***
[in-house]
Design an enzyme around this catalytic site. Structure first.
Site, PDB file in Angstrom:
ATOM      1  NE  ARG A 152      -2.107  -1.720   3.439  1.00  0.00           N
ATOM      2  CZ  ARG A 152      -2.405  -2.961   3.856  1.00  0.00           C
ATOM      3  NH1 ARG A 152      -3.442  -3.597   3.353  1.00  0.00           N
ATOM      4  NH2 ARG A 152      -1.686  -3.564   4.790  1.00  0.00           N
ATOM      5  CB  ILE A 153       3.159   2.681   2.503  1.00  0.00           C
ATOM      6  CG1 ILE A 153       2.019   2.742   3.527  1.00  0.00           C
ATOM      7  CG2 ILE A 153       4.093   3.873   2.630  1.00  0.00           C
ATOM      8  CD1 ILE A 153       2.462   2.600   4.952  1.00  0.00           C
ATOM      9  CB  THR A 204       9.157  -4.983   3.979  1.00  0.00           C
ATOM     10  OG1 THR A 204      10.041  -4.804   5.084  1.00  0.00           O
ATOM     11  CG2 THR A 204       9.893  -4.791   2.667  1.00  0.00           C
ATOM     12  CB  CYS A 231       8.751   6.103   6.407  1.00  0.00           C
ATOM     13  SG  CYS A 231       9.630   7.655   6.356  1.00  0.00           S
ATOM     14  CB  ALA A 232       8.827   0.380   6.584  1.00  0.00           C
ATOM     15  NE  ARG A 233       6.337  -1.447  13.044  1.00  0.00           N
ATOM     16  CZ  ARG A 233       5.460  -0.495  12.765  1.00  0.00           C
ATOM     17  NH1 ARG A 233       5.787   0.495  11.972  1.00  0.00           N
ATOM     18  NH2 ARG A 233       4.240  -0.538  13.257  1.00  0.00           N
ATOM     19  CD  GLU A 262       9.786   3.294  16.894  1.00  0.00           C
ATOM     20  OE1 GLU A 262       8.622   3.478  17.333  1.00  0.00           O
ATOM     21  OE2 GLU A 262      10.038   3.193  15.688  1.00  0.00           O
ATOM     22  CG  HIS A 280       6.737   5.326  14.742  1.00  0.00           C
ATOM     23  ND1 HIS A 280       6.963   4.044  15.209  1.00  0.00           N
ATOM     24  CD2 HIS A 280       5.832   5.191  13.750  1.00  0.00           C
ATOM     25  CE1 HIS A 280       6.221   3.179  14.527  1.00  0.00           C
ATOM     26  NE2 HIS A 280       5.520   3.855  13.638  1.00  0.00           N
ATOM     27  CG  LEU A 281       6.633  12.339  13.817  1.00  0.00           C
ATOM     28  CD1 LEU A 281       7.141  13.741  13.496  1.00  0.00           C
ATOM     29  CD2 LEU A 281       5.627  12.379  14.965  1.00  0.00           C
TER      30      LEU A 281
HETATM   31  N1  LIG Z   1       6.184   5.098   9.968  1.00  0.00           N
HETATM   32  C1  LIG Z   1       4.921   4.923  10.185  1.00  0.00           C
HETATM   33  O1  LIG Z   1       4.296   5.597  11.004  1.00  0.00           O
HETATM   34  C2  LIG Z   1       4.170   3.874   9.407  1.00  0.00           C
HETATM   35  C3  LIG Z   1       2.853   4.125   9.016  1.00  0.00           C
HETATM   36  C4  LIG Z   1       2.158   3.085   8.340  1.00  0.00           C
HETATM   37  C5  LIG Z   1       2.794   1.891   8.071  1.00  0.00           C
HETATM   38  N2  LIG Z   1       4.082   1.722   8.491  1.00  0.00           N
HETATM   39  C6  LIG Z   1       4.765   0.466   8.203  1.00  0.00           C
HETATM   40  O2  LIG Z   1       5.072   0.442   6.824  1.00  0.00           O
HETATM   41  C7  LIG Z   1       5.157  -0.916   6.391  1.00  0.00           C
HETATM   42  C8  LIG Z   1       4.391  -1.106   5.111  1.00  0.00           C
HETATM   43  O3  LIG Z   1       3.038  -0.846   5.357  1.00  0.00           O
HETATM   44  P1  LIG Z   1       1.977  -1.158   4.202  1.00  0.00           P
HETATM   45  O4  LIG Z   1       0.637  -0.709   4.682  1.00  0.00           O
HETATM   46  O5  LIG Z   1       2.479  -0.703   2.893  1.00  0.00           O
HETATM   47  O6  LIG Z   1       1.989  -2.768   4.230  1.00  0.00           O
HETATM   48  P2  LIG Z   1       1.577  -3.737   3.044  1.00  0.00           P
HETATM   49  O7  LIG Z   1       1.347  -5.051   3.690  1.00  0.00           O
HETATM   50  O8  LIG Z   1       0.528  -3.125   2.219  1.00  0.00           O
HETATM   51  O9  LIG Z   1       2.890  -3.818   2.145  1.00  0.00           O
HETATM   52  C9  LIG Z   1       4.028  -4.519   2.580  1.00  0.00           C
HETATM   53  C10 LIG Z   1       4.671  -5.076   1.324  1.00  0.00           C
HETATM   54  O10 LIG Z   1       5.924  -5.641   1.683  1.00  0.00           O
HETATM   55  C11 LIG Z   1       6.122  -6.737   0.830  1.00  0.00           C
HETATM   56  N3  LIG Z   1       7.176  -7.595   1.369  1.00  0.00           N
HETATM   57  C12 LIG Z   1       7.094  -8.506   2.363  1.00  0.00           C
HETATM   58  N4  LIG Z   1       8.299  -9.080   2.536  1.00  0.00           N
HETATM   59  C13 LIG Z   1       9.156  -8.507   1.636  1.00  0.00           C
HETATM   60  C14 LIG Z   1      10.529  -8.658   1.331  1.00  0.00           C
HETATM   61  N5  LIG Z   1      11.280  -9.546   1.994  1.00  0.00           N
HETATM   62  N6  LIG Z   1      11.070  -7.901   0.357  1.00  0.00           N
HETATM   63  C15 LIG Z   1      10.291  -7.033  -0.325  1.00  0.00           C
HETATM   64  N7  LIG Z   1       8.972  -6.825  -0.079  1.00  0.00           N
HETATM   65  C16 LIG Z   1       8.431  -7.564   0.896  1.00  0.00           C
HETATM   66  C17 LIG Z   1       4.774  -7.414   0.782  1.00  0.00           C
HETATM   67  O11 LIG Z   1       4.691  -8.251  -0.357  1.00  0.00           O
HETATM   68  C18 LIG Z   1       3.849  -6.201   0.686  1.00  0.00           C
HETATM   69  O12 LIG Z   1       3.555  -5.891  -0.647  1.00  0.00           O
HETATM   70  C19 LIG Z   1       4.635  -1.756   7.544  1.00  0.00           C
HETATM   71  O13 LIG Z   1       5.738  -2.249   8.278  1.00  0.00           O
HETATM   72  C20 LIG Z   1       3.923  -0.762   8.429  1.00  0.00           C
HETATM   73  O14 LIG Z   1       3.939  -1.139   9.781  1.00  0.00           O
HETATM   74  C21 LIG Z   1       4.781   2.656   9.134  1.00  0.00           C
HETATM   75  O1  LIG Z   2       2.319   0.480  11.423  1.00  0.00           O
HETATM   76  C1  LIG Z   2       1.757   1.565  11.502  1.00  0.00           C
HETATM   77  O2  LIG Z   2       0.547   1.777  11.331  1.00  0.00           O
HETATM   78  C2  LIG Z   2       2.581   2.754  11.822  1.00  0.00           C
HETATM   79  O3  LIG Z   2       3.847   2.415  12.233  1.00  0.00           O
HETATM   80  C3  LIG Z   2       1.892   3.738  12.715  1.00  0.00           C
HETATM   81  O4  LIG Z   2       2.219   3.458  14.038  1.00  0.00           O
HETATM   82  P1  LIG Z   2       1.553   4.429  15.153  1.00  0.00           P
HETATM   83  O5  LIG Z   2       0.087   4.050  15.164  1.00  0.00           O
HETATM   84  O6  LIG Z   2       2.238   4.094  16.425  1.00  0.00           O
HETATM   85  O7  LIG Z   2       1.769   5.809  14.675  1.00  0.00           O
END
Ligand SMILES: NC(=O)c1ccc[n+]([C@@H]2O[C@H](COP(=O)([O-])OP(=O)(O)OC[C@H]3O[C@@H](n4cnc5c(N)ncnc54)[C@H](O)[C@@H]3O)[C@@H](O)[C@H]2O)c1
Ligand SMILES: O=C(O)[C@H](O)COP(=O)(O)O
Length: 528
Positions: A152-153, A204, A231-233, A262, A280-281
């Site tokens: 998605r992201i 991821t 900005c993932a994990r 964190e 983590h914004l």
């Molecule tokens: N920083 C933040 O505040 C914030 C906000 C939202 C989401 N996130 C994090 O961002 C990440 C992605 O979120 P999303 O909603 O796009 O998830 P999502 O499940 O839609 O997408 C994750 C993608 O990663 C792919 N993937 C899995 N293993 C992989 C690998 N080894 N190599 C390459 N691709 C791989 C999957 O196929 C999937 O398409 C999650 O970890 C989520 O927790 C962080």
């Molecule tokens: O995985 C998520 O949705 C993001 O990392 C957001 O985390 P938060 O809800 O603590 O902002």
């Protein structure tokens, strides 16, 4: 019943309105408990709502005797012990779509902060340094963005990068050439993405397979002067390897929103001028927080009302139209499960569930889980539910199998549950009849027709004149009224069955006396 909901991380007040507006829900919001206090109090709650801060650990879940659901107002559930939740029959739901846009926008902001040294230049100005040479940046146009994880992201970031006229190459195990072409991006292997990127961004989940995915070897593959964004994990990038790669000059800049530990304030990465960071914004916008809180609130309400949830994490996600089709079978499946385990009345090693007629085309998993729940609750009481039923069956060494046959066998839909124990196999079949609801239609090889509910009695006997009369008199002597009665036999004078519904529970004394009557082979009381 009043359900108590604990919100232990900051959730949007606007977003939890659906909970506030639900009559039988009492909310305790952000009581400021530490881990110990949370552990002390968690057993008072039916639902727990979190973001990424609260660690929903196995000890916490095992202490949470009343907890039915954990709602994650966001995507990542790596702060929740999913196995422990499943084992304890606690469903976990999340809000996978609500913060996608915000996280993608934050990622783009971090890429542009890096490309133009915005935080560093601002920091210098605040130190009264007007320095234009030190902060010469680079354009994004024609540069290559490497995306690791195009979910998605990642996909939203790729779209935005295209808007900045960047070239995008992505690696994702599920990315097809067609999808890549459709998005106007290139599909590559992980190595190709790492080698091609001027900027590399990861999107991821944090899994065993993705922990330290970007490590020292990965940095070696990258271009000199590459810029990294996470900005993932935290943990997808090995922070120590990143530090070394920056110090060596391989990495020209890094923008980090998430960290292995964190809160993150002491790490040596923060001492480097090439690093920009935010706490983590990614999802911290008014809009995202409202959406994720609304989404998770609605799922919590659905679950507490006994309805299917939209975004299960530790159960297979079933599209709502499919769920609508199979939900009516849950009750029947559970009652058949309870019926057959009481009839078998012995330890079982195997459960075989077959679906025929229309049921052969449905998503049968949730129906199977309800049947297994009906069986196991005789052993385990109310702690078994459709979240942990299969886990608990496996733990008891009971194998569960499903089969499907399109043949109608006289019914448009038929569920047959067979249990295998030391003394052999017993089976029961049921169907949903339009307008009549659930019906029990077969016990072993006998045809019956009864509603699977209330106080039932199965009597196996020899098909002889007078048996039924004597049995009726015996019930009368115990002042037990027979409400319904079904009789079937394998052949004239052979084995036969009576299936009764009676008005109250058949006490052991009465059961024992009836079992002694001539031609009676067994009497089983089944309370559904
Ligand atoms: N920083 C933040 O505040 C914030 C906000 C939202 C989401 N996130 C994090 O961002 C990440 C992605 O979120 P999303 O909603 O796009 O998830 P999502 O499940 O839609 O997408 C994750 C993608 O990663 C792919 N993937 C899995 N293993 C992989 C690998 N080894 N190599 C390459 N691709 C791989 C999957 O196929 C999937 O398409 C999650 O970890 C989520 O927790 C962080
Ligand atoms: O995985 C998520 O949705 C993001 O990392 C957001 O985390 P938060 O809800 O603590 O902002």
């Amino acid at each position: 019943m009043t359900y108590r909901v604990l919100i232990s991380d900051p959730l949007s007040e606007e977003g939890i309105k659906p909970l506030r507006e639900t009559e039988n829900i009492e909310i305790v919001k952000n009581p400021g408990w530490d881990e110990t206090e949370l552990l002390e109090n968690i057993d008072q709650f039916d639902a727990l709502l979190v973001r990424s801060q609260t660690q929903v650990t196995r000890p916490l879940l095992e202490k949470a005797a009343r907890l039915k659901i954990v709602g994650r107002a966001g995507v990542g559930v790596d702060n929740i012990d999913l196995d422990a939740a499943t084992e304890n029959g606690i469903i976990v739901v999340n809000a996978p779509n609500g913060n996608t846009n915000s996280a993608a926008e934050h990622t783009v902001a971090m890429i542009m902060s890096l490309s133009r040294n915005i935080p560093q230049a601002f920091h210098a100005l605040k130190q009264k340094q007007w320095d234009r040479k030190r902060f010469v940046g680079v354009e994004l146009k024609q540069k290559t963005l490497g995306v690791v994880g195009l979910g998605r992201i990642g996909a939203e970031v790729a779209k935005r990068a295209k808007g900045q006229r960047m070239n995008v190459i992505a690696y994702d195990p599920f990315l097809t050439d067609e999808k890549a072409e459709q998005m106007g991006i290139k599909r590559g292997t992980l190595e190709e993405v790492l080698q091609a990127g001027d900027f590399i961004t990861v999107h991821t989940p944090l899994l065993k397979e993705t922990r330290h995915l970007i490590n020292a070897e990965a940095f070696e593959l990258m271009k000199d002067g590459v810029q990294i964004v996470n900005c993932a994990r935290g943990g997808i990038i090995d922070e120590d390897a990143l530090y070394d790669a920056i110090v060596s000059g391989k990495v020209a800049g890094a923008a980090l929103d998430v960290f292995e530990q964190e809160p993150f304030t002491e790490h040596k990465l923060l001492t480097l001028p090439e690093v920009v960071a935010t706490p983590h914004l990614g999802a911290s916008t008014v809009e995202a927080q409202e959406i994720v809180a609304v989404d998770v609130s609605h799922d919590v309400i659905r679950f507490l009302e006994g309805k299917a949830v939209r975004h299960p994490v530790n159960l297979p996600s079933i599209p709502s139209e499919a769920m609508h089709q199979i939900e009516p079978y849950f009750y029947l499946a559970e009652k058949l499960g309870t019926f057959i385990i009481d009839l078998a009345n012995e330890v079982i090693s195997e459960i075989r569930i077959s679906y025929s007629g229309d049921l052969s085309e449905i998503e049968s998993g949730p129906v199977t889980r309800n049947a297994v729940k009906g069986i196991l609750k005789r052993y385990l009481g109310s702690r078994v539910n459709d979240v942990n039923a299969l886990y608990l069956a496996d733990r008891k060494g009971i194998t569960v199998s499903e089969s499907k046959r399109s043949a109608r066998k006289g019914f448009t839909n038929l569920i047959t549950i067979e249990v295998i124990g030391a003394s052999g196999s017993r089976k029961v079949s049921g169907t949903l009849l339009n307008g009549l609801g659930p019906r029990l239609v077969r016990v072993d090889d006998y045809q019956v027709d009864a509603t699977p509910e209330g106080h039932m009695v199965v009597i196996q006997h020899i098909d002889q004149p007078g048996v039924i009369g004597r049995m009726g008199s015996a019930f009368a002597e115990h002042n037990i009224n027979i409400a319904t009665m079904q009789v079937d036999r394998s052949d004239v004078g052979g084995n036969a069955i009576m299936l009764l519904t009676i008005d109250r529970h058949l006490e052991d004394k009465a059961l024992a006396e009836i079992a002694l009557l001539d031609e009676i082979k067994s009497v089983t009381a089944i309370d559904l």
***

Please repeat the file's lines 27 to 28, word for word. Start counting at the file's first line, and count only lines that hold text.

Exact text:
ATOM     24  CD2 HIS A 280       5.832   5.191  13.750  1.00  0.00           C
ATOM     25  CE1 HIS A 280       6.221   3.179  14.527  1.00  0.00           C